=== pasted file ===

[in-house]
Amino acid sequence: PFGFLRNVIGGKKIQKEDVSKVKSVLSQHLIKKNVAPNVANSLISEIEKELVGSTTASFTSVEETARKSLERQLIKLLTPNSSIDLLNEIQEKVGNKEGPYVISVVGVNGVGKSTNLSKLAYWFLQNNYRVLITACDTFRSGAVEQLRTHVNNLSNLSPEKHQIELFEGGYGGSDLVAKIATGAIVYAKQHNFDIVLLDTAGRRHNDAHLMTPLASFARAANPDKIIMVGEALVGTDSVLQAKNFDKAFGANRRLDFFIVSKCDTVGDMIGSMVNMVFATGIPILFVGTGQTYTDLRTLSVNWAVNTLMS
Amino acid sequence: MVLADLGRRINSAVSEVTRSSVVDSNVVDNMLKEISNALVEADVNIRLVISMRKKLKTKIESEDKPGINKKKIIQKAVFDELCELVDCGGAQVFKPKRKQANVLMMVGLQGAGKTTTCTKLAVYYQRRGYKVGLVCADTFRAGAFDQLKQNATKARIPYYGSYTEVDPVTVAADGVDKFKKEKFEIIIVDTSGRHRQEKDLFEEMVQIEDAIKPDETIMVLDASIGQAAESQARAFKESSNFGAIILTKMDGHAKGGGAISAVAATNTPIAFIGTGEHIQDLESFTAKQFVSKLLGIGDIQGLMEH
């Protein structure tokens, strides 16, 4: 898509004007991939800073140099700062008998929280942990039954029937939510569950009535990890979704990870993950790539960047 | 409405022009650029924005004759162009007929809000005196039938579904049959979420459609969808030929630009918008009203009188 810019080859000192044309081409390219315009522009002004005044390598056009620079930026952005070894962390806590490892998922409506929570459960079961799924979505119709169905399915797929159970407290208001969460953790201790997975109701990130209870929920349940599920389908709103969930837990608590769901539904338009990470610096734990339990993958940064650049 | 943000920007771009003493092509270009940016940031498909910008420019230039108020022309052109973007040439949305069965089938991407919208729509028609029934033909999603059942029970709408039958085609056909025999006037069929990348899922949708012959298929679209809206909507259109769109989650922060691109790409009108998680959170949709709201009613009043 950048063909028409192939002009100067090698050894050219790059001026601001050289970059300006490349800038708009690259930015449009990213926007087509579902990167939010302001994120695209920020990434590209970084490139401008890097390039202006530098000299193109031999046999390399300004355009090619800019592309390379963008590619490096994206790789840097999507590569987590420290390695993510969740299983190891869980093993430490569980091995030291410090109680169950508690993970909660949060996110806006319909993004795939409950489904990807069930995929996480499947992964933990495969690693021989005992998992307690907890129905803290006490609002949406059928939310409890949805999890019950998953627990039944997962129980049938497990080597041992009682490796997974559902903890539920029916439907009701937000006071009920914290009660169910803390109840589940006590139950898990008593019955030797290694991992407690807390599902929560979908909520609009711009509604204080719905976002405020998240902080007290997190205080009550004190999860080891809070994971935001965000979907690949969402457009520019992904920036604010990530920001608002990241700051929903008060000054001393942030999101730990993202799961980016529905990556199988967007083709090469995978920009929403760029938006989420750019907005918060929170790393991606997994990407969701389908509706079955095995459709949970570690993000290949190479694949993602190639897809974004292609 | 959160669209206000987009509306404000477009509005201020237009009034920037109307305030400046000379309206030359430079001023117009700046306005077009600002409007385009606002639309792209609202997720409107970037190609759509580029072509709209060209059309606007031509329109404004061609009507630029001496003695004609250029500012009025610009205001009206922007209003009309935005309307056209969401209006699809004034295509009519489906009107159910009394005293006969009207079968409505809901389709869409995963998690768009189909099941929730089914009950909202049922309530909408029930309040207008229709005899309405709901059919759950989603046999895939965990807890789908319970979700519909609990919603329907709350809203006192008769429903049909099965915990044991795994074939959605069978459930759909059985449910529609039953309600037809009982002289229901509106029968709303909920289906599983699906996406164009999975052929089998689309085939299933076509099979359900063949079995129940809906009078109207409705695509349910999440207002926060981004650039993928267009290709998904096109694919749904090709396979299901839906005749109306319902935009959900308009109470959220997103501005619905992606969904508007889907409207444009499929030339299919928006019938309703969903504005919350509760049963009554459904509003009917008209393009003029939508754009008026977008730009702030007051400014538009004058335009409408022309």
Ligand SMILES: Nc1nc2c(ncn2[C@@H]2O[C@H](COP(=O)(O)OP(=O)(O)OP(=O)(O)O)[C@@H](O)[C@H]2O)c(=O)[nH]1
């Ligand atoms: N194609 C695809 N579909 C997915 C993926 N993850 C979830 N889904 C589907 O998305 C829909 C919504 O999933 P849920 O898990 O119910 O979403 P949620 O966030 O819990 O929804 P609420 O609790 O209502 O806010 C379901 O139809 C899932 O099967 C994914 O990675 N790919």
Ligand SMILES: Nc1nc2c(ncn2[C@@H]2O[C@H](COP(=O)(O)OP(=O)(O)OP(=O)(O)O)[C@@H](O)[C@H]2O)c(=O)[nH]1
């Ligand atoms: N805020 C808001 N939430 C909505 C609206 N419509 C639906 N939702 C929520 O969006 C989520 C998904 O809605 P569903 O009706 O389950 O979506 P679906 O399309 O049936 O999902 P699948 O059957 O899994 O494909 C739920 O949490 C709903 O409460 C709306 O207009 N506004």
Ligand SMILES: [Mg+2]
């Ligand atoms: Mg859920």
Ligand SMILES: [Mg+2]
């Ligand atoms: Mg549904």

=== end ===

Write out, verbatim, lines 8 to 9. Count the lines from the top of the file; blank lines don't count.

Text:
């Ligand atoms: N805020 C808001 N939430 C909505 C609206 N419509 C639906 N939702 C929520 O969006 C989520 C998904 O809605 P569903 O009706 O389950 O979506 P679906 O399309 O049936 O999902 P699948 O059957 O899994 O494909 C739920 O949490 C709903 O409460 C709306 O207009 N506004």
Ligand SMILES: [Mg+2]